To southern France via ItaewonTeleportation is an impossibility; a pipe dream restricted to the pages of science-fiction novels, right? Wrong.
It is a gray, drizzly Sunday afternoon. I am walking through Itaewon, wife and offspring in tow, when we happen upon a rather smart, wooden forecourt, set with tables and chairs; very Mediterranean. Beyond are glass doors, framed with blue wooden shutters. Above is the name: "La Cigale" ("The Cicada"). Intrigued, we enter, and that is when it happens. Boom! ?we are no longer in Itaewon, no longer in Korea.
We are in a small cafe, on a side street in a southern French village. There is a tiled floor, ochre walls and Provencal tablecloths.
At the rear is a tiny bar; mounted on the wall next to it is a porcelain cicada, the insect whose incessant buzzing is the constant background symphony to a Provencal summer.
Tables are jammed tight together. Patrons are all rubbing elbows; eating, drinking, laughing, smoking and talking like the dickens. It's pretty, cozy, noisy and informal.
The menu is limited, featuring typical southern French coast and country fare. There is an excellent range of beers and a decently priced wine list (French only, naturellement). However, when in Rome ... a pastis Ricard (aniseed spirit on the rocks; 5,000 won, or $4) is the only appropriate aperitif. The bread basket arrives with thick chunks of warmed, doughy bread, served with butter.
For starters there are two choices; the appetizer board (8,000 won) and soup of the day (6,000 won). The board boasts seven (seven!) appetizers, served in small pots on a wooden board. They include pork and salmon pates, clams in olive oil and tomato sauce, eggplant and olive roulade, grilled whitebait -- faced with a rural repast like this, one wishes one had gone a little easier on the bread. A great range of simple tastes, served in generous portions.
The soup, a white bean and chickpea, is also a large serving, but a touch thin; not in the same league as the appetizer board.
For mains, the daily special is couscous (20,000 won per head). This North African staple of fine-textured semolina dough and wheat flour is for French diners what fajitas are to Americans and curry is to Brits; the ethnic dish of choice. It's a whopping serving: A mound of couscous, accompanied with chunks of carrot and eggplant, white cabbage, beef and minced kofte, all served with a minty, red meat gravy to which the diner adds chili to taste. Splendid stuff.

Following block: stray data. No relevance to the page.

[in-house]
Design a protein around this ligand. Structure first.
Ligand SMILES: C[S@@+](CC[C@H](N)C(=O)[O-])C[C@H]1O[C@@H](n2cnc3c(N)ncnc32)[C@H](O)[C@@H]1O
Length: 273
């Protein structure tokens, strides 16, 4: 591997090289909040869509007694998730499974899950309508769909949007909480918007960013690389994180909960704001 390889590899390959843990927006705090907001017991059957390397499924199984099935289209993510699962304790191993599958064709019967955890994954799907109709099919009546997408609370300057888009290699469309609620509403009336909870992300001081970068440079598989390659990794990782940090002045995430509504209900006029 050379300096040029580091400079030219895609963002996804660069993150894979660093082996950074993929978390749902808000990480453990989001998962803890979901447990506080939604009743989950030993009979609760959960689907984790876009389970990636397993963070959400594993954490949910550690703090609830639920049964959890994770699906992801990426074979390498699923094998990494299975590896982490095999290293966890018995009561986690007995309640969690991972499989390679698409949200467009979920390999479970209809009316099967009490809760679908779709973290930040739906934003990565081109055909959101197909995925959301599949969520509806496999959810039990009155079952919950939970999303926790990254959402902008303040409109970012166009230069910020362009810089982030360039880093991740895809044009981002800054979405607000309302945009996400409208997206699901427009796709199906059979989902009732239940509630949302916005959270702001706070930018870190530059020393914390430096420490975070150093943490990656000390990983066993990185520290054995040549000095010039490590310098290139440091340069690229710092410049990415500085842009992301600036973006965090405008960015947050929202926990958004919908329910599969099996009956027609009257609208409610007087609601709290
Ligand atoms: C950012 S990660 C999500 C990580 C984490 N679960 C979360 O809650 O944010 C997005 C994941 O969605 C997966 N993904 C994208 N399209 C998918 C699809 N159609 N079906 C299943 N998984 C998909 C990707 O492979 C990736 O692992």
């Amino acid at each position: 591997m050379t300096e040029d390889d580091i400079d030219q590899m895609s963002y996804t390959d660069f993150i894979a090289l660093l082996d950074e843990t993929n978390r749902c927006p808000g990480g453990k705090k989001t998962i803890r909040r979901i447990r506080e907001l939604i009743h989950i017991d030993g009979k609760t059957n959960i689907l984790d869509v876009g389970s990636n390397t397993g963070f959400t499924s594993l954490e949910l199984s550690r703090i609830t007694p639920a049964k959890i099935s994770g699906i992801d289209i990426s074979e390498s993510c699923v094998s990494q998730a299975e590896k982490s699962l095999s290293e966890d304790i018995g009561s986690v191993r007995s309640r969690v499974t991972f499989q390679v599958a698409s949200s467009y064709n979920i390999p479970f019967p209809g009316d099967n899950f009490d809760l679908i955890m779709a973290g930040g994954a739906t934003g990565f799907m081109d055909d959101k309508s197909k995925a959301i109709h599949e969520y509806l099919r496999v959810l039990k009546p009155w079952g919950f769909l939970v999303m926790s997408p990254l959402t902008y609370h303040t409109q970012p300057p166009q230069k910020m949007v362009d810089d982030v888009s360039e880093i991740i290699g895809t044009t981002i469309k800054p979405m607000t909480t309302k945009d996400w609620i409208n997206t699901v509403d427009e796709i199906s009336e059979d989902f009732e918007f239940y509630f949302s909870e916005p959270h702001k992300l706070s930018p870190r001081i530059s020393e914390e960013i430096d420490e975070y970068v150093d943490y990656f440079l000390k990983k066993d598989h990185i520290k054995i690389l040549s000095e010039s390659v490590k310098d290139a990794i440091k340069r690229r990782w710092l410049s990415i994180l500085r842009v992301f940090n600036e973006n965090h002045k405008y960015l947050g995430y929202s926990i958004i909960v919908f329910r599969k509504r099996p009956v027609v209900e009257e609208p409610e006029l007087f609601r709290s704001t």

We also order entrecote (18,000 won). This steak is usually served with herbs, but the chef offers to make it with that old classic, cream and black pepper sauce. And why not? The steak itself is -- let's be honest -- not a premier cut. But the rich sauce, white cabbage and roast spuds sprinkled with herbs more than make up for that. Solid.
Dinner is washed down with the house red (5,000 won a glass). This has a dark, fruity nose, an austere palate, and a peppery, spicy finish: not a bad quaffer.
For dessert there is a superb chocolate souffle (8,000 won) that is hard on top and soft inside. It's sprinkled with icing sugar, isn't too sweet and is served with vanilla ice cream.
Then there is coffee -- but enough!
These are hearty vitals, served in hearty portions. Even we, intrepid trencherman all, find it a trial to lurch to the door and exit.
And when we do -- sacre bleu! -- we find ourselves back in Itaewon, on a rainy November afternoon.
Verdict: Quite a place. The convivial chef/manager Nicholas Demidoff, a Montpellier native, exclaims, "This is not nose-in-the-air cuisine!" And he's right.
If your only experience of French dining is nouvelle or haute cuisine, come here and savor the flavors and ambience of rural Provence, but don't fault it for lack of sophistication. This same cuisine has bred men like Escoffier and Ducasse, the master chefs of their generations.
by Andrew Salmon